Originally created 09/22/05

Roberts for chief justice

No one is more qualified to serve on the U.S. Supreme Court than John Roberts Jr., who once clerked for the late William Rehnquist, the chief justice Roberts has been nominated to succeed.

Everyone, even his critics, admits that the 50-year-old Roberts has a brilliant legal mind; has been highly effective as an advocate, both for the government and private clients; and has served with fairness and distinction as a federal appeals court judge.

There's no argument, either, that Roberts has the temperament and character to make a fine chief justice. So what is there not to like? Why would anyone on the Senate Judiciary Committee, which is scheduled to vote on Roberts' confirmation today, not vote for the man?

The answer: Partisan politics trumps qualifications. Many Democratic senators will vote against Roberts simply because he was nominated by George W. Bush, a president despised, if not by them, then by the far-left political activists who dominate the party's base.

Senate Minority Leader Harry Reid, D-Nev., had said many complimentary things about Roberts, and was expected to vote for him. But shortly before he was to make his announcement, reports The New York Times, Reid met with representatives from 40 left-wing special interest groups, then announced his opposition.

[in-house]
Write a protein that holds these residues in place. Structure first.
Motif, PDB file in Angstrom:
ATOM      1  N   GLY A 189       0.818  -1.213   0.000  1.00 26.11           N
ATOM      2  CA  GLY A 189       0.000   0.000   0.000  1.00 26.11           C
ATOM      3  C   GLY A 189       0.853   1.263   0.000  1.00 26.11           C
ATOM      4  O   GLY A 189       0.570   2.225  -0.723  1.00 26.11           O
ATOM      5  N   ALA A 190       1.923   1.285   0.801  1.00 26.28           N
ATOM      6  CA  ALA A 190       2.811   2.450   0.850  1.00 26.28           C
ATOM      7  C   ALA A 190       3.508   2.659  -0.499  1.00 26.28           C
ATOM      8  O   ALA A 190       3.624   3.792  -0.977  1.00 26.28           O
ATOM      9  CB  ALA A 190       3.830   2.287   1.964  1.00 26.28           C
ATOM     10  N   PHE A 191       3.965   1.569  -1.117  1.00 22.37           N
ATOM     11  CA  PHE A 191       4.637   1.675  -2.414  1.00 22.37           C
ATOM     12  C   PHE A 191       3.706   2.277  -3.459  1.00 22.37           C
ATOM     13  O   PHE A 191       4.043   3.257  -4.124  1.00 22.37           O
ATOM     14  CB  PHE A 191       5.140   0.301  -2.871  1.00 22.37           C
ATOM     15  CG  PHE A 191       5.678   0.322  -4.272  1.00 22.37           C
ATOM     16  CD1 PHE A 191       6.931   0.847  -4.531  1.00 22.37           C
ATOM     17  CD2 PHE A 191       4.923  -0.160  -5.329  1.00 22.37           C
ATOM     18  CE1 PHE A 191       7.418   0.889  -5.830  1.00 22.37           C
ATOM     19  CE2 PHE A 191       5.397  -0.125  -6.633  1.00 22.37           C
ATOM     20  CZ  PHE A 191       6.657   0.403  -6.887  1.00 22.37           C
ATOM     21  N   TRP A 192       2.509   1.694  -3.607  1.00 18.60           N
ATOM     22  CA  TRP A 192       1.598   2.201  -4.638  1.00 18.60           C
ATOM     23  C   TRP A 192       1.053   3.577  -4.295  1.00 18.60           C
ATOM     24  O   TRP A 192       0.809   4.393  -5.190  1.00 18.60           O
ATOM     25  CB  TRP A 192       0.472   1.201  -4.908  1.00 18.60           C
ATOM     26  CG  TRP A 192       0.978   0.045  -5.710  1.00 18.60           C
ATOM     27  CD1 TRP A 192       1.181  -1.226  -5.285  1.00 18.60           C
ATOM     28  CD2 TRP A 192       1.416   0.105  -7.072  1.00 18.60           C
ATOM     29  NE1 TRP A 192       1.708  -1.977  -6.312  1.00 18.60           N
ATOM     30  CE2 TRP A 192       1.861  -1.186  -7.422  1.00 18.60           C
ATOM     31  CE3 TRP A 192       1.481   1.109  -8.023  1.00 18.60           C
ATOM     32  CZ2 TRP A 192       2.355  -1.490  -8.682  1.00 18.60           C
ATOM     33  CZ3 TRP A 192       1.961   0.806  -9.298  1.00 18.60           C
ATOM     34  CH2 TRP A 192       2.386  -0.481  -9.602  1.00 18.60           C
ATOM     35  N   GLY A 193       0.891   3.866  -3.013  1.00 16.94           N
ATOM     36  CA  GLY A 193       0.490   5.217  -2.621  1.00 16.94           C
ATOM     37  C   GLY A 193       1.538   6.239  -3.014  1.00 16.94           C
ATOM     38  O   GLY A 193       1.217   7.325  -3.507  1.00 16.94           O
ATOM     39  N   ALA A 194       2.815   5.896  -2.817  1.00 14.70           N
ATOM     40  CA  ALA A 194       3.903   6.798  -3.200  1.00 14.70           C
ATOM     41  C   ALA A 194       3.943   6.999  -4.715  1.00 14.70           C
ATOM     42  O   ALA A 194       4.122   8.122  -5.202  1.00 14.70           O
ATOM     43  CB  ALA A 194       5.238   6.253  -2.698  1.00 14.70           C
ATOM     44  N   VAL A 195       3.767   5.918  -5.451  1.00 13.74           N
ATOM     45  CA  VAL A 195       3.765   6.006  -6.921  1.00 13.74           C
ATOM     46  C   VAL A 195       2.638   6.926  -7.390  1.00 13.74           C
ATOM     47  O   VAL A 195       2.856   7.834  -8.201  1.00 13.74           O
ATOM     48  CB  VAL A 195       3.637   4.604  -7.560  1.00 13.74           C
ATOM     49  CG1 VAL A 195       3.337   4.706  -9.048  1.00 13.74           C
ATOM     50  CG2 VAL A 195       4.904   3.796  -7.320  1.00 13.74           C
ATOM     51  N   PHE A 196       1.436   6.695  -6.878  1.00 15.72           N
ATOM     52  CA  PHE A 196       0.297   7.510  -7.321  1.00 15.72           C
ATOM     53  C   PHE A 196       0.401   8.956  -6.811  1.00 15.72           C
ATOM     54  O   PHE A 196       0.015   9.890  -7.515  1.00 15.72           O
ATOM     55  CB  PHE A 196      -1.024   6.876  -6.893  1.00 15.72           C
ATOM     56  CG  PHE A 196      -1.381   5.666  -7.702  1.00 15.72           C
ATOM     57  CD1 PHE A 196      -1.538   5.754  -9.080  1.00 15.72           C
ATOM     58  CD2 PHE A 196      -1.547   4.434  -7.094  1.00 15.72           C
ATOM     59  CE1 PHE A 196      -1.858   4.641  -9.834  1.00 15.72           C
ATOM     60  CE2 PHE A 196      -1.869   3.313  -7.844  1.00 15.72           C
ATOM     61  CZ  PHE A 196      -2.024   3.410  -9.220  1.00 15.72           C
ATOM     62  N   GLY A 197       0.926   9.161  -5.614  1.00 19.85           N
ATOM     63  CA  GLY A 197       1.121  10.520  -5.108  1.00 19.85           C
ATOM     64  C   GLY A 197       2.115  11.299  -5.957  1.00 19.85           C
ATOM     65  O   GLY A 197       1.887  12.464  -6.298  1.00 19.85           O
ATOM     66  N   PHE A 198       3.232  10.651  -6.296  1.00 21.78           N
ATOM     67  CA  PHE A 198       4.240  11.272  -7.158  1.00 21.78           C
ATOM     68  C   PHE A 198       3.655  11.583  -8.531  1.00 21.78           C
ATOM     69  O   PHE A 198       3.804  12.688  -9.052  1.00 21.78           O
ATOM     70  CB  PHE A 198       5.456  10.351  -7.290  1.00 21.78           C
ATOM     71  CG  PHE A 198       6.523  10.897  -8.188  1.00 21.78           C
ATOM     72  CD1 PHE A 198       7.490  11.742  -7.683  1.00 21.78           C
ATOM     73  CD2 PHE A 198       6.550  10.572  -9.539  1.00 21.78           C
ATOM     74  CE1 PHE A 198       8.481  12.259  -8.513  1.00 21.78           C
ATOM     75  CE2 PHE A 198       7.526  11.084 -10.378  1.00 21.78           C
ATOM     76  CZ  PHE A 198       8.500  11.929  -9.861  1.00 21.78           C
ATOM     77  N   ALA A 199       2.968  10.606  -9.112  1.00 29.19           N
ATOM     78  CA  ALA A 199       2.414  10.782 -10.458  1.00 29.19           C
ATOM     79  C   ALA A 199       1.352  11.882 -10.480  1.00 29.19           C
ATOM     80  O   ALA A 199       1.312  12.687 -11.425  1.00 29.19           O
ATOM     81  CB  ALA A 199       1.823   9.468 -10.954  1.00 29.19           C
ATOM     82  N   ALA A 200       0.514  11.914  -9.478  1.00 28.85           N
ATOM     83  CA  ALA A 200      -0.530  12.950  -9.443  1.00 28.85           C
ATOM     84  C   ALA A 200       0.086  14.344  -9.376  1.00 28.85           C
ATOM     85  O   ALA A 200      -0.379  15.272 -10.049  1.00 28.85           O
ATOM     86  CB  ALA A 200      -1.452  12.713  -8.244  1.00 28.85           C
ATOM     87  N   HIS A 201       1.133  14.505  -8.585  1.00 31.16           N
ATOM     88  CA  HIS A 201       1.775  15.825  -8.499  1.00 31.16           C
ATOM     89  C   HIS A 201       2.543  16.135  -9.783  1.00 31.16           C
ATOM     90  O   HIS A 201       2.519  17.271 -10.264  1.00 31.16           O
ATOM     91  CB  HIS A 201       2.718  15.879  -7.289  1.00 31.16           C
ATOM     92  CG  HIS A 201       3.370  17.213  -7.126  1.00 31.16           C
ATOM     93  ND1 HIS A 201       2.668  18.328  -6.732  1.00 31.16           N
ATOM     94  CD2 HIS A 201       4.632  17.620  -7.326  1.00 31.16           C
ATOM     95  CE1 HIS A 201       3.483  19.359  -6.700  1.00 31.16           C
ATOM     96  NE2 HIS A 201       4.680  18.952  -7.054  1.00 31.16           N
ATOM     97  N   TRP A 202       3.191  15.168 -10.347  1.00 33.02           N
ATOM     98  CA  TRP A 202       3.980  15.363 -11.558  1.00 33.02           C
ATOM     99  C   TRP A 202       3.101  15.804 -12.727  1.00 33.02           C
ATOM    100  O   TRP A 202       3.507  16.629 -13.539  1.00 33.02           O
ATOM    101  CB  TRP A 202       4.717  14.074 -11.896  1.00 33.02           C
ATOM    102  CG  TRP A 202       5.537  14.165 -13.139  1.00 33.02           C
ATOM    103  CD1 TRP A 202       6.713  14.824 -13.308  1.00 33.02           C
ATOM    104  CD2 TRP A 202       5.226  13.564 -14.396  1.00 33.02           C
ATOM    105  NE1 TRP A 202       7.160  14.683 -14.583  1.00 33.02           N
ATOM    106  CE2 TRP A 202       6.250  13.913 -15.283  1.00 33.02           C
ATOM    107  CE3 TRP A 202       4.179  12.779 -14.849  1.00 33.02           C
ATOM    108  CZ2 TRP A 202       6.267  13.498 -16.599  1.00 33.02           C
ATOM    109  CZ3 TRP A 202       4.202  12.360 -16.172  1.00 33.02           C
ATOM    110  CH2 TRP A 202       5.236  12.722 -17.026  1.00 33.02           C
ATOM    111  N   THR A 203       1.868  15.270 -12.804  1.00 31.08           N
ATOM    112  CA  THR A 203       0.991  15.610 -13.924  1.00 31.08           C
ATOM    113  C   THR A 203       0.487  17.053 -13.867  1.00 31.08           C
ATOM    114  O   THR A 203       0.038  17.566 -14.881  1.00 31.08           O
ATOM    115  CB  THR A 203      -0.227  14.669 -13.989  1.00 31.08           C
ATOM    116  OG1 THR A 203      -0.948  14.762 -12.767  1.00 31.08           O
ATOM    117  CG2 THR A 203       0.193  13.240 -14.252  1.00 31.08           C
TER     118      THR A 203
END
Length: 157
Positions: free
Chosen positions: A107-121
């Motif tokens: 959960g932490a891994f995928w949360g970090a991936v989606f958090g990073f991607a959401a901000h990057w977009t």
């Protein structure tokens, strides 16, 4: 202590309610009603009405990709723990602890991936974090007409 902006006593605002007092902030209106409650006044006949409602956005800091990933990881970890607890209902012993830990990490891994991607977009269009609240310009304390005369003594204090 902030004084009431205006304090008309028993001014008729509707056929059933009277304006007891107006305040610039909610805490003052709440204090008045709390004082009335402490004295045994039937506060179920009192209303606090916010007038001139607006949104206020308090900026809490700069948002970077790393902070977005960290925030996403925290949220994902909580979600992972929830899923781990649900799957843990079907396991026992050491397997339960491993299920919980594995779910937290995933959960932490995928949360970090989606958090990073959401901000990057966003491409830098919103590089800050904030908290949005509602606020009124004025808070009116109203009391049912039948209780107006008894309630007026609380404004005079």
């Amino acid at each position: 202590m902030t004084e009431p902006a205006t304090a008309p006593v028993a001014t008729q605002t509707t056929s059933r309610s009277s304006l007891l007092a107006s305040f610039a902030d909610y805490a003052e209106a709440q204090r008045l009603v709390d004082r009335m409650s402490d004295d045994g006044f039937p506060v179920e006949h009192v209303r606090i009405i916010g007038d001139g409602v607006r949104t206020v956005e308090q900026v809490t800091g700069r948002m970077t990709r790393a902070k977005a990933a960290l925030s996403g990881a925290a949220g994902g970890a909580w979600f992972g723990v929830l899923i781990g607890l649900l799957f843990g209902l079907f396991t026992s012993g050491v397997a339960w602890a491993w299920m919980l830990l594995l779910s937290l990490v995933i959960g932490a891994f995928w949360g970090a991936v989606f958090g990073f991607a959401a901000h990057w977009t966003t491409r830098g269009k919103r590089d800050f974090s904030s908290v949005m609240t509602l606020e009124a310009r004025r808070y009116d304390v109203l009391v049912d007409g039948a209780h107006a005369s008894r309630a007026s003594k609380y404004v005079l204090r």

"He got the message loud and clear," trumpeted Kim Gandy, president of the National Organization for Women. He sure did. And now America knows who really leads the Senate Democrats. It's not Reid.

Twelve years ago, then-President Bill Clinton nominated American Civil Liberties Union lawyer and feminist activist Ruth Bader Ginsburg to the high court. She had stood for many causes Republicans regarded as miles outside the mainstream. Yet she was confirmed 96-4 with most GOP senators voting for her because she had a fine judicial temperament and was clearly qualified.

Roberts, too, likely will be confirmed. At least some Democrats will follow the lead of the Senate's ranking Judiciary Committee member, Patrick Leahy of Vermont, and support Roberts. But many, perhaps most, will oppose him and he will not get the overwhelming bipartisan endorsement Ginsburg did.

Bush's partisan critics bash him for being a "divider, not a uniter." But if Democrats can't unite behind John Roberts for the high court, then they can't unite behind anyone. We hope the president's next Supreme Court choice is as far to the right as Ruth Ginsburg was to the left. If he can't appease his critics, then why try?


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